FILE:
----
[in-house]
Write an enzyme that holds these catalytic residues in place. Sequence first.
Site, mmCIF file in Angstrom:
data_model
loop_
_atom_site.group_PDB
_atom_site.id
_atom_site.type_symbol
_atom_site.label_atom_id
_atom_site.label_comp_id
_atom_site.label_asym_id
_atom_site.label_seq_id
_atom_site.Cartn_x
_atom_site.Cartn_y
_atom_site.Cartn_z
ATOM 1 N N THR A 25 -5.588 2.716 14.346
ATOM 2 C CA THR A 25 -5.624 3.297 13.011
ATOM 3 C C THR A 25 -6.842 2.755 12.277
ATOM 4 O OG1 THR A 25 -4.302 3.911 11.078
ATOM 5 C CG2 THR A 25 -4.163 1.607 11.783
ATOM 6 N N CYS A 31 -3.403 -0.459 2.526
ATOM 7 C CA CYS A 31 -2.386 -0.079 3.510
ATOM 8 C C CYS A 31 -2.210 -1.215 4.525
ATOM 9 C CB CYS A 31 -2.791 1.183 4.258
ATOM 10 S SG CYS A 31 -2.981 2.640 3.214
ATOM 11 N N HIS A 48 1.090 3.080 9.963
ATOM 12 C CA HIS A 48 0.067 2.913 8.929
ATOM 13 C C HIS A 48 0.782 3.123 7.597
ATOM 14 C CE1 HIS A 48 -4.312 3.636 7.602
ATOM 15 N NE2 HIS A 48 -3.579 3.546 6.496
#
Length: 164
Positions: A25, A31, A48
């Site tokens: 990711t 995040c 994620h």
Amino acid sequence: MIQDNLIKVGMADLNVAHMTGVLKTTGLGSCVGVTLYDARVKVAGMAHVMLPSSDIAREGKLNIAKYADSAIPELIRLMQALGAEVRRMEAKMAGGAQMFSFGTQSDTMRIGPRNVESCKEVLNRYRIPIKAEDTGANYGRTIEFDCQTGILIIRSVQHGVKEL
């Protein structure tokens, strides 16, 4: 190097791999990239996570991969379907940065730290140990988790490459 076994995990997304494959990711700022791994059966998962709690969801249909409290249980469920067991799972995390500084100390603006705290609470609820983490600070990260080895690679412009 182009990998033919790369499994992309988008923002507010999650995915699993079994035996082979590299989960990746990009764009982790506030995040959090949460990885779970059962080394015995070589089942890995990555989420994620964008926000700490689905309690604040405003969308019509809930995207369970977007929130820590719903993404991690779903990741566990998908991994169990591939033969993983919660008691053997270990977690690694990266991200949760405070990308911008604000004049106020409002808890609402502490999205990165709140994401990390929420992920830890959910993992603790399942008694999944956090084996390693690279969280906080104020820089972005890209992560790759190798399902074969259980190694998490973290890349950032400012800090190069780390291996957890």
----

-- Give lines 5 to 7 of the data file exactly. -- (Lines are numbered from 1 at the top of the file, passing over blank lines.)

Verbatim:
loop_
_atom_site.group_PDB
_atom_site.id